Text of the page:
Scientists applied super computers to study the effect of climate on water movement through the soil from the surface to the water table, a section of the earth called the vadose zone.

Alzheimer's-associated enzyme elevated in key brain areas
Researchers from Massachusetts General Hospital have found that the amount and activity of an enzyme associated with the creation of amyloid-beta protein, the sticky fragments making up the plaques found in the brains of people with Alzheimer's disease, are elevated in parts of the brain where those plaques most frequently occur.

Examining Kenyan agriculture and poverty structure
The National Science Foundation has awarded $1.67 million to Cornell University over five years to examine the complex relationship between Kenyan small farmers, their communities and the land on which they depend for their livelihoods.

Enzyme discovery to benefit homeland security, industry
Scientists at the Department of Energy's Pacific Northwest National Laboratory have successfully immobilized enzymes while simultaneously enhancing their activity and stability, opening up new possibilities for using tailored nanoporous materials.

Surgery using mesh patch eliminates recurrence
Surgeons at Rush-Presbyterian-St. Luke's Medical Center in Chicago are the first to show that using a mesh patch to repair a hernia of the diaphragm significantly reduces the recurrence of the hernia compared to traditional surgery.

Virtual friend helps young asthma sufferers
Young people with chronic health problems can benefit from text message services, say researchers this week's BMJ.

Breast cancer gene repairs damaged DNA
Structural studies of the protein produced by the BRCA2 gene, which is implicated in the development of hereditary breast and ovarian cancers, reveal that the protein is intimately involved in repairing damaged DNA.

UMass researcher studies head lice using artificial 'scalp'
Head lice, which crop up on the heads of six-to-12 million people in the U.S. every year, are becoming increasingly resistant to the special shampoos used to treat them, says University of Massachusetts Amherst toxicologist John Clark.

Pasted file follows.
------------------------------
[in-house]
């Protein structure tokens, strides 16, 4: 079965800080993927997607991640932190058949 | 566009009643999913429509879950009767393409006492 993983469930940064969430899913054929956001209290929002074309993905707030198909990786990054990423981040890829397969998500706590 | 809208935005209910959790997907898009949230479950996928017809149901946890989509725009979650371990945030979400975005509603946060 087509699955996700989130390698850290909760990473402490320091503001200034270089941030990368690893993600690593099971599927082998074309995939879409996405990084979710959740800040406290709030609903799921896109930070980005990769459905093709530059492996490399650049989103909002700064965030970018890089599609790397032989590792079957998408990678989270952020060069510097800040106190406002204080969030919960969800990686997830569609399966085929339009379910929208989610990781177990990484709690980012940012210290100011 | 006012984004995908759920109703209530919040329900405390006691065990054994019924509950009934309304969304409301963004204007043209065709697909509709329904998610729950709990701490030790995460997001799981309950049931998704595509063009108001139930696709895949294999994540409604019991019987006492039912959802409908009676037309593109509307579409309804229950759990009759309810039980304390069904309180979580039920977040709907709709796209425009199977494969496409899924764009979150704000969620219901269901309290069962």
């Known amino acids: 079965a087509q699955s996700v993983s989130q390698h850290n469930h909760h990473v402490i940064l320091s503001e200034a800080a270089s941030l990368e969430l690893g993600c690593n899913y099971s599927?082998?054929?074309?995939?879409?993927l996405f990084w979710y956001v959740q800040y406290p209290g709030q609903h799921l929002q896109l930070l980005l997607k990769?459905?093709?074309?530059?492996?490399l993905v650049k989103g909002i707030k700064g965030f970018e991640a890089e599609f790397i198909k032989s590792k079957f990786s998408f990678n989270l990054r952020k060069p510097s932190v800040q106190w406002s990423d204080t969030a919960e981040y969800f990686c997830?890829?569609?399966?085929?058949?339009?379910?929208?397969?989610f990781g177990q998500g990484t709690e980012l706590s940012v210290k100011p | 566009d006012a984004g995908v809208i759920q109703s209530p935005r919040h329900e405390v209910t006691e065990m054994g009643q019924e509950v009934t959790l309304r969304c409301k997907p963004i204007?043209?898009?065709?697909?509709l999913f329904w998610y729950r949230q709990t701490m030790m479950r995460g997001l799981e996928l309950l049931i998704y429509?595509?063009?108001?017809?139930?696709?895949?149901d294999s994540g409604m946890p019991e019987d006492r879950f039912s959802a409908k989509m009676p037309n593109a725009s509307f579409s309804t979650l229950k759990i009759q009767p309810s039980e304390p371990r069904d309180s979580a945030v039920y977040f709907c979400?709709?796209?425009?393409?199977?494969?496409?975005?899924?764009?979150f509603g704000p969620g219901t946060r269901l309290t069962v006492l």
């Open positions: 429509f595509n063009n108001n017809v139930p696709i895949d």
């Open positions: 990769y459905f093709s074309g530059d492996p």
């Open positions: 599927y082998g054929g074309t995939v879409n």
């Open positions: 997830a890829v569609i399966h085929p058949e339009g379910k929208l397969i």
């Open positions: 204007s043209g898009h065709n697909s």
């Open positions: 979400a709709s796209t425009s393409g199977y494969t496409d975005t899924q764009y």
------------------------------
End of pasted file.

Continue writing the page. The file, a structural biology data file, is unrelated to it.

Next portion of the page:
Biological serendipity: molecular details of cell membrane fusion revealed
For the first time, scientists have observed the molecular details of biological cells fusing together, a fleeting event never before observed at this scale.

Earthquake study by Scripps scientists produces new depiction of fault zones
On Oct. 16, 1999, approximately 37 miles from Palm Springs, Calif., a magnitude 7.1 earthquake ripped through 28 miles of faults in the Mojave Desert.

Optical microsystems emerge in industrial applications
Applications are growing in strength for microelectromechanical systems (MEMS), which merge electronic and mechanical features.

Scientists identify 'genetic signature' of stem cells
Princeton University scientists have taken a major step toward identifying the

Memorial Sloan-Kettering scientists uncover function of BRCA2 protein
Structural biologists at Memorial Sloan-Kettering Cancer Center (MSKCC) have discovered the function of the protein BRCA2.

Effect of diet on cancer risk
A review in this week's issue of The Lancet assesses the research which has investigated possible links between diet and cancer.

HPV linked to cervical lesions
Infection with humanpapillomavirus (HPV) is linked to an increased likelihood of cervical lesions in women, finds a study in this week's BMJ.

OHSU researchers discover toxicity risks for widely used chemicals
Research at Oregon Health & Science University (OHSU) has revealed that certain chemical ingredients of gasoline, jet fuel and other solvents may pose a greater health hazard than first thought.

'Don't think about it too much' - Psychological healing in Angola
A Health and Human Rights article in this week's issue of The Lancet highlights how displaced people cope with psychological trauma associated with death and displacement as a result of Angola's recent civil conflict.

From married woman to independent widow
Women who are widowed in later life undergo a change in identity that can turn out be very positive in terms of personal growth, says new research that will be presented to the British Society of Gerontology conference in Birmingham from September 12-14.

Gene profiling reveals the essence of 'stemness'
An extensive genetic comparison of different types of stem cells and terminally differentiated cells has revealed that hundreds of genes are likely to be involved in shaping the characteristic properties of stem cells.

Los Alamos key player in new neutrino experiment
A major experiment that could change how we understand the universe - designed in part by Los Alamos National Laboratory scientists - has recorded its first neutrino events at the U.S.

Chlorine dioxide gas kills dangerous biological contaminants
The same sanitizing agent used to rid federal office buildings of anthrax -- chlorine dioxide gas -- can effectively eliminate deadly bacteria from apples and other fruits and vegetables, according to Purdue University researchers.

New insights into cause of stomach cancer
Australian scientists have discovered a vital clue to the causes of stomach cancer and inflammatory bowel disease.

Study sheds light on cause of an AIDS treatment side effect
Highly Active Antiretroviral Therapy, or HAART, is the standard of care for HIV/AIDS patients and has prolonged the lives of countless persons with the disease.